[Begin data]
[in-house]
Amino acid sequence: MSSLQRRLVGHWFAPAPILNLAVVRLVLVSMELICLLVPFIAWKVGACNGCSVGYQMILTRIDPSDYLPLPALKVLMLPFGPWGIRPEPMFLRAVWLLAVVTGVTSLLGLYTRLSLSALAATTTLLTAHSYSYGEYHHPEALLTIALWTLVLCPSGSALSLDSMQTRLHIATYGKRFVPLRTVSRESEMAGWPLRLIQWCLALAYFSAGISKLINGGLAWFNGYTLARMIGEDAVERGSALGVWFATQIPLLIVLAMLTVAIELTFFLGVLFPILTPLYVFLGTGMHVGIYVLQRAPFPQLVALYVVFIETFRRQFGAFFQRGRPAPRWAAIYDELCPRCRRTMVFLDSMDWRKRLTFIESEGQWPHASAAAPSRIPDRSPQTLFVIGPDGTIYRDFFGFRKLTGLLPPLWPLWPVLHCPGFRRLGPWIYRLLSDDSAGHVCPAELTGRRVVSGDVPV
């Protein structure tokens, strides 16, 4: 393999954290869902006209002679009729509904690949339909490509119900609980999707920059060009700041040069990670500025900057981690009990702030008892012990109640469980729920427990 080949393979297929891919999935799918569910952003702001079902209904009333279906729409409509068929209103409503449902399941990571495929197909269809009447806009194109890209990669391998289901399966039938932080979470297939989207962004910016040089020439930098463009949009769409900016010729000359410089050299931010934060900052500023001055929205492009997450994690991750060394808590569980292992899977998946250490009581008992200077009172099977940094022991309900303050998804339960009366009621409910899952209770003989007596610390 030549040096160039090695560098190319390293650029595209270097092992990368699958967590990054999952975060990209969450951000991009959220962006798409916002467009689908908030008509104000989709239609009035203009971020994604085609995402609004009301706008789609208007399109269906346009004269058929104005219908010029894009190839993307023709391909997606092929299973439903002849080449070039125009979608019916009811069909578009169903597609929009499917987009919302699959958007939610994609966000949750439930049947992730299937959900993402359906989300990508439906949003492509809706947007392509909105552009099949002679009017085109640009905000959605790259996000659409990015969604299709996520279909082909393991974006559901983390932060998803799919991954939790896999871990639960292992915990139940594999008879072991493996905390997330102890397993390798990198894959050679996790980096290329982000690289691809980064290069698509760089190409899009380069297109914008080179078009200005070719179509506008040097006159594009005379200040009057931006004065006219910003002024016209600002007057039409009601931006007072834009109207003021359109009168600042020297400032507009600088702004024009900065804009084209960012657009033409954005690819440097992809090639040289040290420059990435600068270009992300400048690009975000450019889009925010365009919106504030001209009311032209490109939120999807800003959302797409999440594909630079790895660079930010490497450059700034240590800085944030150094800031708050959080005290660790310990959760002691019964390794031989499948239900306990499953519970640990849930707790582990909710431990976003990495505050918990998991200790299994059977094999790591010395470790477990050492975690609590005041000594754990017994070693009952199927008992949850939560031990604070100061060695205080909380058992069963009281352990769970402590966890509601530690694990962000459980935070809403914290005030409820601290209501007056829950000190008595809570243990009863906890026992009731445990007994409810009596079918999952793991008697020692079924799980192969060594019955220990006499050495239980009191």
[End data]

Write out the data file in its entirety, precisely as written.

[in-house]
Amino acid sequence: MSSLQRRLVGHWFAPAPILNLAVVRLVLVSMELICLLVPFIAWKVGACNGCSVGYQMILTRIDPSDYLPLPALKVLMLPFGPWGIRPEPMFLRAVWLLAVVTGVTSLLGLYTRLSLSALAATTTLLTAHSYSYGEYHHPEALLTIALWTLVLCPSGSALSLDSMQTRLHIATYGKRFVPLRTVSRESEMAGWPLRLIQWCLALAYFSAGISKLINGGLAWFNGYTLARMIGEDAVERGSALGVWFATQIPLLIVLAMLTVAIELTFFLGVLFPILTPLYVFLGTGMHVGIYVLQRAPFPQLVALYVVFIETFRRQFGAFFQRGRPAPRWAAIYDELCPRCRRTMVFLDSMDWRKRLTFIESEGQWPHASAAAPSRIPDRSPQTLFVIGPDGTIYRDFFGFRKLTGLLPPLWPLWPVLHCPGFRRLGPWIYRLLSDDSAGHVCPAELTGRRVVSGDVPV
């Protein structure tokens, strides 16, 4: 393999954290869902006209002679009729509904690949339909490509119900609980999707920059060009700041040069990670500025900057981690009990702030008892012990109640469980729920427990 080949393979297929891919999935799918569910952003702001079902209904009333279906729409409509068929209103409503449902399941990571495929197909269809009447806009194109890209990669391998289901399966039938932080979470297939989207962004910016040089020439930098463009949009769409900016010729000359410089050299931010934060900052500023001055929205492009997450994690991750060394808590569980292992899977998946250490009581008992200077009172099977940094022991309900303050998804339960009366009621409910899952209770003989007596610390 030549040096160039090695560098190319390293650029595209270097092992990368699958967590990054999952975060990209969450951000991009959220962006798409916002467009689908908030008509104000989709239609009035203009971020994604085609995402609004009301706008789609208007399109269906346009004269058929104005219908010029894009190839993307023709391909997606092929299973439903002849080449070039125009979608019916009811069909578009169903597609929009499917987009919302699959958007939610994609966000949750439930049947992730299937959900993402359906989300990508439906949003492509809706947007392509909105552009099949002679009017085109640009905000959605790259996000659409990015969604299709996520279909082909393991974006559901983390932060998803799919991954939790896999871990639960292992915990139940594999008879072991493996905390997330102890397993390798990198894959050679996790980096290329982000690289691809980064290069698509760089190409899009380069297109914008080179078009200005070719179509506008040097006159594009005379200040009057931006004065006219910003002024016209600002007057039409009601931006007072834009109207003021359109009168600042020297400032507009600088702004024009900065804009084209960012657009033409954005690819440097992809090639040289040290420059990435600068270009992300400048690009975000450019889009925010365009919106504030001209009311032209490109939120999807800003959302797409999440594909630079790895660079930010490497450059700034240590800085944030150094800031708050959080005290660790310990959760002691019964390794031989499948239900306990499953519970640990849930707790582990909710431990976003990495505050918990998991200790299994059977094999790591010395470790477990050492975690609590005041000594754990017994070693009952199927008992949850939560031990604070100061060695205080909380058992069963009281352990769970402590966890509601530690694990962000459980935070809403914290005030409820601290209501007056829950000190008595809570243990009863906890026992009731445990007994409810009596079918999952793991008697020692079924799980192969060594019955220990006499050495239980009191």